Clamp your sheet metal securely to the table or bench so you have both hands free to maneuver the sheers around. This will make things much easier.  Straight lines and even fairly tight curves are much easier to make with the electric sheers.  To smooth out the slight curve the sheers sometimes leave, if you have an English wheel, you can just use the flattest bottom anvil, and roll the edge through with minimal pressure.


    Just like any cutting tool, electric sheers will eventually become dull over time.  We sell replacement jaw sets for our electric sheer but don't worry, you wont need a new set for a long time.

    So these are some basic tips that should help you to cut and shape metal pieces for your next project quicker and easier. With a little practice you’ll be able to cut metal as if you were a school kid making paper snowflakes.

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  • DIY Custom Spoiler End Plates

    Car enthusiasts are always looking for a way to have their car stand out from the crowd but buying off the shelf parts will only go so far.  There is a good chance that someone else out there wive the same combination of parts.  The best way to give your car a one of a kind look without fully custom fabricating is to buy something off the shelf and modify it your self.

    spoiler before

    Thats exactly what I did with this aftermarket spoiler that a friend put on his Sentra SE-R.  Of course this look isn't for everyone but there is one flaw that is more than apparent.  The endplates that this spoiler came with do not fit the rest of the part, and they had to go.  Sure there are numerous companies that sell "custom" end plates that you can easily swap out, but again anyone can buy those same ones, what's unique about that.


    Spoiler 1

    After some brainstorming we came up with a design that he liked and sketched it out on a piece of 14 GA Aluminum.


    Spoiler 2

    With one edge of the metal clamped down on the edge of a bench, I used my Air Body Saw to cut out the first plate.  I used the first, cut piece to trace the second one, so I would have two exact pieces.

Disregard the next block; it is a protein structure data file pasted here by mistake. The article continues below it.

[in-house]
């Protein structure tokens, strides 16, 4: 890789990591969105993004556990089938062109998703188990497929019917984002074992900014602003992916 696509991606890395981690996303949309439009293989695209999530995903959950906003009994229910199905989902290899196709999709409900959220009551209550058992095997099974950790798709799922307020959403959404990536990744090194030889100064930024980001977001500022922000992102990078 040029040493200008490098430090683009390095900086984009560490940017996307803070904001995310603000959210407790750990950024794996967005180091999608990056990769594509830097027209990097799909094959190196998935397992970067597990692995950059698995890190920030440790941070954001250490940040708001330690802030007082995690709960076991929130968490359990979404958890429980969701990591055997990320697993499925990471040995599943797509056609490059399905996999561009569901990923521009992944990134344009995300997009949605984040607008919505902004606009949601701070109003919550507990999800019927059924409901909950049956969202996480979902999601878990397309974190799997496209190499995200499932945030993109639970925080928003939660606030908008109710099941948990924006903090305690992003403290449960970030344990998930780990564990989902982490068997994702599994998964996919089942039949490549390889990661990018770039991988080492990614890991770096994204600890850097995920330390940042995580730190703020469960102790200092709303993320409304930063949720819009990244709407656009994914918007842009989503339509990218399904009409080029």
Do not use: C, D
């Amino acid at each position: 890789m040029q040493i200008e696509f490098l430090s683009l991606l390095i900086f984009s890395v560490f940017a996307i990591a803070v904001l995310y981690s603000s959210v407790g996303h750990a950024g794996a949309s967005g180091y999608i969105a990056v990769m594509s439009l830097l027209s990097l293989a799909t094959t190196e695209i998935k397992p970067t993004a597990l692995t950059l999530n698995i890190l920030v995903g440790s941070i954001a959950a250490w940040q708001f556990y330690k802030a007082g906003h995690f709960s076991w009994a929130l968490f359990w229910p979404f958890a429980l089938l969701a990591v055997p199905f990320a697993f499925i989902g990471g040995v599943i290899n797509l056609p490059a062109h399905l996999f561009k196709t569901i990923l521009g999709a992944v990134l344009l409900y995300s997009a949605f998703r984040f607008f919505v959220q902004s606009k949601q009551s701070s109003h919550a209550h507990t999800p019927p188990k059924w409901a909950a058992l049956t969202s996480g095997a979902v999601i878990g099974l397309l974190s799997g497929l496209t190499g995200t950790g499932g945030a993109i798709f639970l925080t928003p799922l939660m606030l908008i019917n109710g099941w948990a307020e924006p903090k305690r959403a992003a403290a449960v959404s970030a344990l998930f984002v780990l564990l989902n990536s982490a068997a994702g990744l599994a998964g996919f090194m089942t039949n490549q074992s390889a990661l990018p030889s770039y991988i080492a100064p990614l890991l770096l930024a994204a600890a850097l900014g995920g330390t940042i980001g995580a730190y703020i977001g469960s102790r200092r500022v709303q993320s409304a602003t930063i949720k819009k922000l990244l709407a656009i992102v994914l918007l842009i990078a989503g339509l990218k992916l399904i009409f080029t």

Spoiler 3

    The tricky part was determining the bolt hole locations. With the old end plates mounted we held up one of the new ones to its respective side and traced the old endplate onto the new one with permanent marker.  We then unmounted it and marked off the bolt holes with the old plate lined up to where it was previously traced.


    Spoiler 4

    I determined the correct hole size my test fitting different size drill bits into the old plate until I found the one that fit the best.  I then used a small drill bit as a pilot hole and then drilled the new plate to the proper size.

    To get the holes in the same place on both pieces I matched up the first plate to the second and used a marker to trace the holes.  I drilled these out the same as the first.



    Spoiler 5

    With both plates drilled I wanted to test fit them on the car to make sure the holes were in the correct spot and that both were matching.


    Spoiler 6

    Since the edges were still rough I used an 80 Grit Flap Disc on an Angle Grinder to smooth out any minor imperfections in the cut and round off the edges.

    I then went over both sides of the plates with 400 Grit sand paper to create a level surface to paint on.  The sand paper also helps the paint adhere to the metal because it leaves small scratches allowing the paint to also have a mechanical bond with the metal.  After both sides were completely sanded all it takes is a quick wipe down with PRE Painting Prep and they are ready to be primed and painted.


    Spoiler 7

    Before applying color I sprayed the end plates with EW Self Etching Primer with will create a better bond to the metal than just the paint would by itself.  For color I used EW 2K Satin Black Aerospray, this two part catalyzed aerosol spray paint is like having real automotive paint in a spray can.  Once it hardens it creates a much more durable finish that will not be affected by solvents like a normal spray paint would.


    IMG_3069 IMG_7273

    After they have been mounted on the car the difference is drastic,  the shape of these fit the spoiler to now have a consistent look.  No one else will have these endplates making his car truly one of a kind.  With the right tools and a little creativity you can fabricate parts for your ride so it'll stand out from the rest.


    Check out the Eastwood Blog and Tech Archive for more How-To's, Tips and Tricks to help you with all your automotive projects.  If you have a recommendation for future articles or have a project you want explained don't hesitate to leave a comment.

    - James R/EW